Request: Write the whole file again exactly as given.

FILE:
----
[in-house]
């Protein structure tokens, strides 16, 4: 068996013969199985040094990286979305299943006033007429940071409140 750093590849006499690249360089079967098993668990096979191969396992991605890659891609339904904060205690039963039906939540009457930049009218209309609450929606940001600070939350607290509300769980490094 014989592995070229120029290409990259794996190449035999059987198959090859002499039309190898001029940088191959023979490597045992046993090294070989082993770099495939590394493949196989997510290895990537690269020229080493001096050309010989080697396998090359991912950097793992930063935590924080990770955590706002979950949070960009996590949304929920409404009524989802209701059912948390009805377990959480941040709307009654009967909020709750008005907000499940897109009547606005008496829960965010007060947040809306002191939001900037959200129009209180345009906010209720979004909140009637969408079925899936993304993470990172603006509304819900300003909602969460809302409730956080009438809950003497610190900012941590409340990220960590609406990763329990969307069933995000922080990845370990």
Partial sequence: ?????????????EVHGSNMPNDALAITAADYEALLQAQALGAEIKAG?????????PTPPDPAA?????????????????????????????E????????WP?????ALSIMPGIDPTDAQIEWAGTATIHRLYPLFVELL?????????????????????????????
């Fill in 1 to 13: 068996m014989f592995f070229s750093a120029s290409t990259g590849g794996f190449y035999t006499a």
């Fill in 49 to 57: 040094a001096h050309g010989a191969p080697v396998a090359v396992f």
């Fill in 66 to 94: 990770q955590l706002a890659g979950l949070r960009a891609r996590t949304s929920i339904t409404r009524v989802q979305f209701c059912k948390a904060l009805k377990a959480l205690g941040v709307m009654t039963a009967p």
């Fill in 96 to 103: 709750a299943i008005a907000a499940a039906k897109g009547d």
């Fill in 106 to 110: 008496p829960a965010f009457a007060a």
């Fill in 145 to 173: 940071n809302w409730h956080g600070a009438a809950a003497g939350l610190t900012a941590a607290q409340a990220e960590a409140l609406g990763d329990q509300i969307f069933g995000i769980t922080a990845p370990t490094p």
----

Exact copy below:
[in-house]
């Protein structure tokens, strides 16, 4: 068996013969199985040094990286979305299943006033007429940071409140 750093590849006499690249360089079967098993668990096979191969396992991605890659891609339904904060205690039963039906939540009457930049009218209309609450929606940001600070939350607290509300769980490094 014989592995070229120029290409990259794996190449035999059987198959090859002499039309190898001029940088191959023979490597045992046993090294070989082993770099495939590394493949196989997510290895990537690269020229080493001096050309010989080697396998090359991912950097793992930063935590924080990770955590706002979950949070960009996590949304929920409404009524989802209701059912948390009805377990959480941040709307009654009967909020709750008005907000499940897109009547606005008496829960965010007060947040809306002191939001900037959200129009209180345009906010209720979004909140009637969408079925899936993304993470990172603006509304819900300003909602969460809302409730956080009438809950003497610190900012941590409340990220960590609406990763329990969307069933995000922080990845370990």
Partial sequence: ?????????????EVHGSNMPNDALAITAADYEALLQAQALGAEIKAG?????????PTPPDPAA?????????????????????????????E????????WP?????ALSIMPGIDPTDAQIEWAGTATIHRLYPLFVELL?????????????????????????????
């Fill in 1 to 13: 068996m014989f592995f070229s750093a120029s290409t990259g590849g794996f190449y035999t006499a």
């Fill in 49 to 57: 040094a001096h050309g010989a191969p080697v396998a090359v396992f």
């Fill in 66 to 94: 990770q955590l706002a890659g979950l949070r960009a891609r996590t949304s929920i339904t409404r009524v989802q979305f209701c059912k948390a904060l009805k377990a959480l205690g941040v709307m009654t039963a009967p």
């Fill in 96 to 103: 709750a299943i008005a907000a499940a039906k897109g009547d």
């Fill in 106 to 110: 008496p829960a965010f009457a007060a």
């Fill in 145 to 173: 940071n809302w409730h956080g600070a009438a809950a003497g939350l610190t900012a941590a607290q409340a990220e960590a409140l609406g990763d329990q509300i969307f069933g995000i769980t922080a990845p370990t490094p």